With so much going on around the world lately, one of which is hacking situations which has plagued medical research and agencies in charge of the COVID-19 as vaccine development becomes more realistic than earlier thought.
One of such is the recent hacking of the European Medicines Agency (EMA) which says its being hit hard by a cyber-attack and documents that related to the coronavirus vaccine had been accessed.
According to BioNTech which partnered with American pharmaceutical giant Pfizer stated that its regulatory submission was accessed during the attack and EMA is said to be working on approval of two COVID-19 vaccines which is expected to conclude in a matter of weeks.
BioNTech however doesn’t expect the attack to have any impact on the aforementioned timeline and the EMA has failed to provide any details on the nature of the cyber attack in the brief statement it made on its website but said that a full-blown investigation is on to look into the matter.
A spokesperson for the agency said it was still “functional”. But BioNTech, in a statement published on its website, said it had been told its documents had been accessed.
“Today, we were informed… that the agency has been subject to a cyber-attack and that some documents relating to the regulatory submission for Pfizer and BioNTech’s Covid-19 vaccine candidate, BNT162b2, which has been stored on an EMA server, had been unlawfully accessed,” it said.
“EMA has assured us that the cyber-attack will have no impact on the timeline for its review,” it added.
It said it had made the details of the hack public “given the critical public health considerations and the importance of transparency”.
The company also stated that it was unaware of any personal data of participants in its medical studies being compromised.
In case you don’t know, the EMA is a panel setup to approve medicines all across Europe (countries under the European Union).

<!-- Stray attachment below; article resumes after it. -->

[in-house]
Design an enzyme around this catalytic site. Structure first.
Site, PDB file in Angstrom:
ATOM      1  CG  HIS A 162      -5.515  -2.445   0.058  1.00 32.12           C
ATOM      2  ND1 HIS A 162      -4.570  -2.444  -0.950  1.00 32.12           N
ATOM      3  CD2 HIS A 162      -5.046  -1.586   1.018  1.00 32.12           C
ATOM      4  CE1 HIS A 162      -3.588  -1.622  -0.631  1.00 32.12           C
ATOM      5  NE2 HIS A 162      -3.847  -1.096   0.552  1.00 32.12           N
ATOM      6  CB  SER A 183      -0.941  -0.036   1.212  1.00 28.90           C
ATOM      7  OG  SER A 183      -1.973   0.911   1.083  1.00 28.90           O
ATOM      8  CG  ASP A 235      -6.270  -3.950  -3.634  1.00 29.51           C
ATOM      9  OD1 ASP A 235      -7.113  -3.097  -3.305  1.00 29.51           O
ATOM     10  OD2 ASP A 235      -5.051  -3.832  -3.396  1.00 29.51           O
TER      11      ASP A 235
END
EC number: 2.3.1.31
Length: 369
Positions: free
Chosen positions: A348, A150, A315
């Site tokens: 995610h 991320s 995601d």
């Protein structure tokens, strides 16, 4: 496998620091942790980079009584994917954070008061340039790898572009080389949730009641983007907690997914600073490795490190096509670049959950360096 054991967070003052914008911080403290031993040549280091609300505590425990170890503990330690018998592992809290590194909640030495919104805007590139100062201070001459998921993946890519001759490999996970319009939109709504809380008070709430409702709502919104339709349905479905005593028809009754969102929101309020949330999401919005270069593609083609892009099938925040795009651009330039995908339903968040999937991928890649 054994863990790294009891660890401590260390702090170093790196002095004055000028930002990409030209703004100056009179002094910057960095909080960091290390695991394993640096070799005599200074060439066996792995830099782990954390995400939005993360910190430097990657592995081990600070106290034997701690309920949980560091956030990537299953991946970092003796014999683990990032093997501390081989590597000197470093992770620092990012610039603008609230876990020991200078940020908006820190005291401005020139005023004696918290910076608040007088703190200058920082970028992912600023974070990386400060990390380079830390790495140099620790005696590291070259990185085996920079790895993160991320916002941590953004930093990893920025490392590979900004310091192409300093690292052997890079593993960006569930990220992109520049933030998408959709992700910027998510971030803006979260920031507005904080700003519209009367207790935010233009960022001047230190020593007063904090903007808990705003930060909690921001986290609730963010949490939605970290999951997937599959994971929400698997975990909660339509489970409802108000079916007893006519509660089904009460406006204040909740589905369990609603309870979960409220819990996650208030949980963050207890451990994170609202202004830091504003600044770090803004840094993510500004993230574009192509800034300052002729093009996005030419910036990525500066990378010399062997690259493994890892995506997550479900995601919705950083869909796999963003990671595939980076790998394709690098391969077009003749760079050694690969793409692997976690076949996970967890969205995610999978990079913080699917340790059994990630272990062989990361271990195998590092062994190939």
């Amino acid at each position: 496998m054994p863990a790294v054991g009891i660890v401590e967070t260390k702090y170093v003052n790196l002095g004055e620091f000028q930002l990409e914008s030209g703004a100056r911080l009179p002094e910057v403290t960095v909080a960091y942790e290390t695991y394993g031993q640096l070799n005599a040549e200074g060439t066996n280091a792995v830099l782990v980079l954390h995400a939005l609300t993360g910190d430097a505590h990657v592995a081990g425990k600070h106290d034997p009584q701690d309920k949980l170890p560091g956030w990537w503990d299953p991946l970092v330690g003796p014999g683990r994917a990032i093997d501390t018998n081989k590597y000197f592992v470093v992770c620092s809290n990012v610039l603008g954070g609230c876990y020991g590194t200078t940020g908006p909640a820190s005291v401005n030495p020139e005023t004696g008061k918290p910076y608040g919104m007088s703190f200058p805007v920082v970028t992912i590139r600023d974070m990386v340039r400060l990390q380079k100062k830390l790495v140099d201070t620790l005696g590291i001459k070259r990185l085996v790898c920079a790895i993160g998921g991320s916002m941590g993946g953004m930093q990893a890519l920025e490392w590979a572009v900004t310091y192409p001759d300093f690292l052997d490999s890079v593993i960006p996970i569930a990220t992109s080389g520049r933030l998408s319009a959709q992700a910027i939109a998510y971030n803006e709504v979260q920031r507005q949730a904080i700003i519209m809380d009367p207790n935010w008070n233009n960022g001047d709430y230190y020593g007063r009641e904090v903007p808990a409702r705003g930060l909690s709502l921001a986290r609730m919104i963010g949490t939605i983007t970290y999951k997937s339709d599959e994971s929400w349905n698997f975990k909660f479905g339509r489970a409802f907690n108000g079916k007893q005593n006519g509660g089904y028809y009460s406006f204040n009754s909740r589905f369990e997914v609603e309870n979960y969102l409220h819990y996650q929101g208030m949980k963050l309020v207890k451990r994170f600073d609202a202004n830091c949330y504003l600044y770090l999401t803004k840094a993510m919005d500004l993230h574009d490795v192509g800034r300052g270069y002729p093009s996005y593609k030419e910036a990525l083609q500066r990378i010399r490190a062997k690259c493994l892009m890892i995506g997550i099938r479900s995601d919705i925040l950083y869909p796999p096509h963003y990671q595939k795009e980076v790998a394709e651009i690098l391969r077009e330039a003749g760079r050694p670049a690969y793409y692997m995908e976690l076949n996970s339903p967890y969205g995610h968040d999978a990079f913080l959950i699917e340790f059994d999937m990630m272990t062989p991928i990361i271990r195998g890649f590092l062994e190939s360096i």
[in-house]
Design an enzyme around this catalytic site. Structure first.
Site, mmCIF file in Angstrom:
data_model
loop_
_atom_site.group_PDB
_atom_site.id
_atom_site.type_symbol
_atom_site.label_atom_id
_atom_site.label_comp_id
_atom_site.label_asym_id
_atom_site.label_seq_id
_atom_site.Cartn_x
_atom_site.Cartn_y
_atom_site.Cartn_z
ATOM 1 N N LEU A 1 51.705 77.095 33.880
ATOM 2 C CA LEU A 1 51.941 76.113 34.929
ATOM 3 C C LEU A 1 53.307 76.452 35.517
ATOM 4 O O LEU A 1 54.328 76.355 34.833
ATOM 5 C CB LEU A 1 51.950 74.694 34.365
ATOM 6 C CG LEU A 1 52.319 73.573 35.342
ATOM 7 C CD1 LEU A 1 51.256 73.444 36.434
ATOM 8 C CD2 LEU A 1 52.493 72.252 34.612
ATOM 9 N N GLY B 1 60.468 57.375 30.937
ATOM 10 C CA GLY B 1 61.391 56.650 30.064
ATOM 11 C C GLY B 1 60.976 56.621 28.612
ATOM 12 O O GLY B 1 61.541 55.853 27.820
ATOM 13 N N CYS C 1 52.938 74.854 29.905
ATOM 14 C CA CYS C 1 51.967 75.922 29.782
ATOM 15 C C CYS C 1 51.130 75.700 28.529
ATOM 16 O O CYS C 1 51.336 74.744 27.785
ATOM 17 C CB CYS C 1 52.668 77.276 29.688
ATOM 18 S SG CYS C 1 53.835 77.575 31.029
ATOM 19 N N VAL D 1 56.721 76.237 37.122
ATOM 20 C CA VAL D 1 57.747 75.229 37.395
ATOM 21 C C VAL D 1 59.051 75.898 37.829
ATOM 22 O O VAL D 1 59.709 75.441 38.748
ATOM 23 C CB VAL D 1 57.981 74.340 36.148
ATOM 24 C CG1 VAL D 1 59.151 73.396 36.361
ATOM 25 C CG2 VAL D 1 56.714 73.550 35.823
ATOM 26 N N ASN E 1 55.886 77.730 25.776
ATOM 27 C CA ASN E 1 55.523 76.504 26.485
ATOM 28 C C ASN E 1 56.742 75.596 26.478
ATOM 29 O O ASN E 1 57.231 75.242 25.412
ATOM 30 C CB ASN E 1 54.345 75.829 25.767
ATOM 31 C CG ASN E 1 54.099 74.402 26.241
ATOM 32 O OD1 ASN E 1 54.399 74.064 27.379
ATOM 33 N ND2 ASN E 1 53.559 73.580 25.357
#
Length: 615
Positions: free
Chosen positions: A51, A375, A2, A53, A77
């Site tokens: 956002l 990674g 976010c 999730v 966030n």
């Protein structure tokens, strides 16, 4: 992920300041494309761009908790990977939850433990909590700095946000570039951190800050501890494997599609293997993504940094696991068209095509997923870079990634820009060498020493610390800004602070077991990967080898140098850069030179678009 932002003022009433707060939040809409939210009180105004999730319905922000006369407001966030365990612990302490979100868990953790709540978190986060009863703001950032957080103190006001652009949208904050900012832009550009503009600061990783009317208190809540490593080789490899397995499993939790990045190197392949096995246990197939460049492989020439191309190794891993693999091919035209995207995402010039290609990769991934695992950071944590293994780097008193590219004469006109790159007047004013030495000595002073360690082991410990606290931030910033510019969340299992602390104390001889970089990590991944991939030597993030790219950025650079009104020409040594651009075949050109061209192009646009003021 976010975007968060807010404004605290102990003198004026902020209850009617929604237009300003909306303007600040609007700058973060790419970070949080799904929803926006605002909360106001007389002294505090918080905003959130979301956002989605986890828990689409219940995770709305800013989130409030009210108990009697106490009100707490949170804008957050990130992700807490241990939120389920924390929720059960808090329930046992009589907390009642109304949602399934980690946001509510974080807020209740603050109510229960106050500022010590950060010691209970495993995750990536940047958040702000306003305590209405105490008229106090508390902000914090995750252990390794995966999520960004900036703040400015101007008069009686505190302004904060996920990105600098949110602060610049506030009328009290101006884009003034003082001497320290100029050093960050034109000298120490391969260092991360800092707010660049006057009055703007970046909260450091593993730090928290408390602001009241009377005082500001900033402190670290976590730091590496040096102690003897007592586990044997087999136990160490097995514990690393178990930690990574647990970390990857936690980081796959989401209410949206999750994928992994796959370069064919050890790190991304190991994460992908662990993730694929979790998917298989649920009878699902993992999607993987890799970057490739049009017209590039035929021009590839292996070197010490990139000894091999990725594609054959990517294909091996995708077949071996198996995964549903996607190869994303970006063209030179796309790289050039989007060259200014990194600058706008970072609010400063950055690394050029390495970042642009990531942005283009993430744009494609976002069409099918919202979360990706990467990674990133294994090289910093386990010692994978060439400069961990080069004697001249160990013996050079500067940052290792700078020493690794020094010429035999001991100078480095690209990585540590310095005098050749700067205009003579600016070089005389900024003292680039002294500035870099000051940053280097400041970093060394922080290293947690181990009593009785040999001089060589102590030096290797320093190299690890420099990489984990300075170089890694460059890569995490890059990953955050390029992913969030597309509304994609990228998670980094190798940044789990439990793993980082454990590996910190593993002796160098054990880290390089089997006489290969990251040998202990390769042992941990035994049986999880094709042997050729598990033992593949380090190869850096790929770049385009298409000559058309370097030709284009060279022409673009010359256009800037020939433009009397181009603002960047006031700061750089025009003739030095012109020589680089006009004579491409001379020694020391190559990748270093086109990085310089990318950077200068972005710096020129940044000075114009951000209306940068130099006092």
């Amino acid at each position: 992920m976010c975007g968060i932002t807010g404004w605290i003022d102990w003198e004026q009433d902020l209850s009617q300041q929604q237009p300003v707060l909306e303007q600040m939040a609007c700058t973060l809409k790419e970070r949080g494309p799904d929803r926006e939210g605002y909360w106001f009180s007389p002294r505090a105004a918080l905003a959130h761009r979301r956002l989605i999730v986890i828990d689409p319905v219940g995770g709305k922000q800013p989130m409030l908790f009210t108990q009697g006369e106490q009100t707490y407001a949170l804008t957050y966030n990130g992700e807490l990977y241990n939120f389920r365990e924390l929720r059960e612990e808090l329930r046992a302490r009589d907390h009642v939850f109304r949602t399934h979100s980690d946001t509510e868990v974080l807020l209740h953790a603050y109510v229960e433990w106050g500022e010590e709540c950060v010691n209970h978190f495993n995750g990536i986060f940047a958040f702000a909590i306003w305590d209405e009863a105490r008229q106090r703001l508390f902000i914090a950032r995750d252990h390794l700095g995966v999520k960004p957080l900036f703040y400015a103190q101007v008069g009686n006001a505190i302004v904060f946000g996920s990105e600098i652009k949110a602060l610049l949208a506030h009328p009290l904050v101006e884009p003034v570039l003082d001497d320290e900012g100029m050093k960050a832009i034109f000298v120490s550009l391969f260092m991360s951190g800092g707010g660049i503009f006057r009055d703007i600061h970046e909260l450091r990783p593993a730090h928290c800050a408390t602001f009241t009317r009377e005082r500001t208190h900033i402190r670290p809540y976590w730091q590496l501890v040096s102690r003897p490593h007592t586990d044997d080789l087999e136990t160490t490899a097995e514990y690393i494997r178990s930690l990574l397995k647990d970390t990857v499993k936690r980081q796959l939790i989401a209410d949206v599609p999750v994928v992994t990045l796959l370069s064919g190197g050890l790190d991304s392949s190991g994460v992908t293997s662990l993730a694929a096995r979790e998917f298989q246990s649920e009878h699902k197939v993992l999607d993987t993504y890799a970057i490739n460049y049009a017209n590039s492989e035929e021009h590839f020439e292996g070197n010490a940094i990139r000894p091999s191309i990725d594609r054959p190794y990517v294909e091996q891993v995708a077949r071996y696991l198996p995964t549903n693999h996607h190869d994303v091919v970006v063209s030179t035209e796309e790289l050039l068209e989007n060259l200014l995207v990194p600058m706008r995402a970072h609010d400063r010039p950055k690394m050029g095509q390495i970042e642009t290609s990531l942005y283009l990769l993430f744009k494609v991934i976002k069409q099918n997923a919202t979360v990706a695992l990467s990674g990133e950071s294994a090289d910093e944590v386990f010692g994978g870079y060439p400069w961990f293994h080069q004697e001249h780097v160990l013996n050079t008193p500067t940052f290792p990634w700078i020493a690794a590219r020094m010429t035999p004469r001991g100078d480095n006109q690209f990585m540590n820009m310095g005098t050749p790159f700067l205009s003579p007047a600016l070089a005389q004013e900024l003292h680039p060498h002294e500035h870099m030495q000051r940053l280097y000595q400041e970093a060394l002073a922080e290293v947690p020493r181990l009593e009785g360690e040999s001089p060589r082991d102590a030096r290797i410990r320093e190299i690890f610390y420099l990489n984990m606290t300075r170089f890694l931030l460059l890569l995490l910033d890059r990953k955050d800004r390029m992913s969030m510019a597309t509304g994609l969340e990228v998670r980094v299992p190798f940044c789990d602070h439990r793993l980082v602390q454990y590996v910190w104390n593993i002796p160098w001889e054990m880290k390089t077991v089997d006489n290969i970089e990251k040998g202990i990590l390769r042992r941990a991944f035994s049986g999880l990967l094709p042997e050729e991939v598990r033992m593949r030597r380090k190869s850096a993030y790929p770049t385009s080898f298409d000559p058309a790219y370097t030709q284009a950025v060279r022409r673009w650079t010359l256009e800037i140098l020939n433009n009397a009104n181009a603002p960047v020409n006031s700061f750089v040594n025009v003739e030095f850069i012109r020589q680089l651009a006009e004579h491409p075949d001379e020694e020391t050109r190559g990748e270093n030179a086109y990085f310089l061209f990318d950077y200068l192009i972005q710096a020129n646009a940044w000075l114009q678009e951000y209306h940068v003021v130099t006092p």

The agency was suppose to decide on whether to authorize the use of the Pfizer/BioNTech vaccines which is already being rolled out in the UK. Another company to have been successful with the discovery of the coronavirus vaccine is Moderna which is said to be safe for use in EU countries.
It is not clear if the Moderna documents have also been accessed.
The cyber-attack is the latest in a string of attacks and warnings about hacking threats against vaccine-makers and public health bodies.
The use of cyber-attacks against bodies involved in the vaccine rollout has been a feature of recent months.
Russia had being the main suspect in majority of these cyber attacks on COVID-19 research and vaccine development.
One of such attacks happened in India back in October when a pharmaceutical company based in the second most populous country on earth got attacked.
The cyber-attack comes the day before the agency is due to update the European Parliament on the progress of the vaccine assessments.
The Euro-MPs on the Public Health Committee are said to debate the agency’s executive director on how close the most advanced vaccines are to getting authorized on Thursday.
Meanwhile the UK’s National Cyber Security Center stated that there is no indication that cyber attacks would ever slow the rollout of vaccines in the country which already began on Tuesday.
“We are working with international partners to understand the impact of this incident affecting the EU’s medicine regulator, but there is currently no evidence to suggest that the UK’s medicine regulator has been affected,” it said.